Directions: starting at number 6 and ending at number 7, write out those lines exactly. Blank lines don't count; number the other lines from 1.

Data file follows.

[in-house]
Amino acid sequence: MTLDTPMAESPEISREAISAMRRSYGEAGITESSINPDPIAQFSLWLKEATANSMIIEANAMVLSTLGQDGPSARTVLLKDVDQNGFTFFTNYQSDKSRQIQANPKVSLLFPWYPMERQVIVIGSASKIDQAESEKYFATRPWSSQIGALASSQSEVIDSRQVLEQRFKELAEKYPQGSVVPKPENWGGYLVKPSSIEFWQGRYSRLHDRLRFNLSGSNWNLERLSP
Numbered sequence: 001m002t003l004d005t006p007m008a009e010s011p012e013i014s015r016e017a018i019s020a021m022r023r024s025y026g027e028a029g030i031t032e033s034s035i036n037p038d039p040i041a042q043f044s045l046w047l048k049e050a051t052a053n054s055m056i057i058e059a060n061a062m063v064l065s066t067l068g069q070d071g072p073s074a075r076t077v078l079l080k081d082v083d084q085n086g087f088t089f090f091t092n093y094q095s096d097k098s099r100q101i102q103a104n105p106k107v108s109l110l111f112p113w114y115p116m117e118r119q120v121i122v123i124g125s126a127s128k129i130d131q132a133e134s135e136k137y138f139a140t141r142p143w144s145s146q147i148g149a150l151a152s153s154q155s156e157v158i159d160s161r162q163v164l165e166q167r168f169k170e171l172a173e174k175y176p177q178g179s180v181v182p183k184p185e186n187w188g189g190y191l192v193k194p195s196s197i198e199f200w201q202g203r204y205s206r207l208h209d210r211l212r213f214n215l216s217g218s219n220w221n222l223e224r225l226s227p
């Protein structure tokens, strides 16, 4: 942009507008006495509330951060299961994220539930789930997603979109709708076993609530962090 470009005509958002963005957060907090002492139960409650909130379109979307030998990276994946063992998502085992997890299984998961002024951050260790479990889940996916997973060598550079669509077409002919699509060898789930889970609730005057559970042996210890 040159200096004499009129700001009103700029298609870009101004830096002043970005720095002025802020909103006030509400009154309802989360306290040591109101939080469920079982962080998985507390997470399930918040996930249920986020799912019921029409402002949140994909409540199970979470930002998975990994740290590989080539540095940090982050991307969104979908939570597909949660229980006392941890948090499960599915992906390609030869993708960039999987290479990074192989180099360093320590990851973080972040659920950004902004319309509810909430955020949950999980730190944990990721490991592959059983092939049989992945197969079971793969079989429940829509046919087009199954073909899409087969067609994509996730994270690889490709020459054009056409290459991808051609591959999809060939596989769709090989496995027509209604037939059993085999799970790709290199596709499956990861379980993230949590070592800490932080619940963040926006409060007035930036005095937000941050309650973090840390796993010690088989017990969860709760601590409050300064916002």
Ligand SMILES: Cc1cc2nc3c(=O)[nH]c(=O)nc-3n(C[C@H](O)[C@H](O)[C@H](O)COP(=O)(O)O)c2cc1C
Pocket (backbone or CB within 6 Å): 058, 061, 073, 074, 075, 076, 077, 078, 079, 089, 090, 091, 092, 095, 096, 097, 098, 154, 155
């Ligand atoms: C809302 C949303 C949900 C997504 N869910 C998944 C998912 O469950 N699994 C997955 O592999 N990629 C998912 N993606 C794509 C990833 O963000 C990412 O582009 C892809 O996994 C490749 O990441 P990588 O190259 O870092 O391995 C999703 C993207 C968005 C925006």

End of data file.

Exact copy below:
Pocket (backbone or CB within 6 Å): 058, 061, 073, 074, 075, 076, 077, 078, 079, 089, 090, 091, 092, 095, 096, 097, 098, 154, 155
């Ligand atoms: C809302 C949303 C949900 C997504 N869910 C998944 C998912 O469950 N699994 C997955 O592999 N990629 C998912 N993606 C794509 C990833 O963000 C990412 O582009 C892809 O996994 C490749 O990441 P990588 O190259 O870092 O391995 C999703 C993207 C968005 C925006």